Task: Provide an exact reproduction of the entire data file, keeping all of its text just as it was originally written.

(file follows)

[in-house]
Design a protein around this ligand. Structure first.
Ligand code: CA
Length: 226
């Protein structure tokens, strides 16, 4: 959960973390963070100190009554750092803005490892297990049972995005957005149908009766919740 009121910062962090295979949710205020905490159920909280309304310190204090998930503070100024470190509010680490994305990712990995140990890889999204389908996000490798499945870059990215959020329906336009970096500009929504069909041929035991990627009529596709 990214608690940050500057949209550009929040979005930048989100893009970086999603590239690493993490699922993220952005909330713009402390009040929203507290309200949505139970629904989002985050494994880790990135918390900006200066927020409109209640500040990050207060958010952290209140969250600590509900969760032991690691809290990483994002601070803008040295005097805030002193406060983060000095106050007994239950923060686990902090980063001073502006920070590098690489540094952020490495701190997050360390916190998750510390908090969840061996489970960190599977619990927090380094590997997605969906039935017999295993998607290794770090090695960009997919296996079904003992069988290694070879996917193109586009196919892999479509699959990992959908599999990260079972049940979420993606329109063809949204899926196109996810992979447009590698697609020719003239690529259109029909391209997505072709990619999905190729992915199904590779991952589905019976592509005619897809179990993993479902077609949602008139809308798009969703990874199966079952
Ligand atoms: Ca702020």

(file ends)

[in-house]
Design a protein around this ligand. Structure first.
Ligand code: CA
Length: 226
């Protein structure tokens, strides 16, 4: 959960973390963070100190009554750092803005490892297990049972995005957005149908009766919740 009121910062962090295979949710205020905490159920909280309304310190204090998930503070100024470190509010680490994305990712990995140990890889999204389908996000490798499945870059990215959020329906336009970096500009929504069909041929035991990627009529596709 990214608690940050500057949209550009929040979005930048989100893009970086999603590239690493993490699922993220952005909330713009402390009040929203507290309200949505139970629904989002985050494994880790990135918390900006200066927020409109209640500040990050207060958010952290209140969250600590509900969760032991690691809290990483994002601070803008040295005097805030002193406060983060000095106050007994239950923060686990902090980063001073502006920070590098690489540094952020490495701190997050360390916190998750510390908090969840061996489970960190599977619990927090380094590997997605969906039935017999295993998607290794770090090695960009997919296996079904003992069988290694070879996917193109586009196919892999479509699959990992959908599999990260079972049940979420993606329109063809949204899926196109996810992979447009590698697609020719003239690529259109029909391209997505072709990619999905190729992915199904590779991952589905019976592509005619897809179990993993479902077609949602008139809308798009969703990874199966079952
Ligand atoms: Ca702020």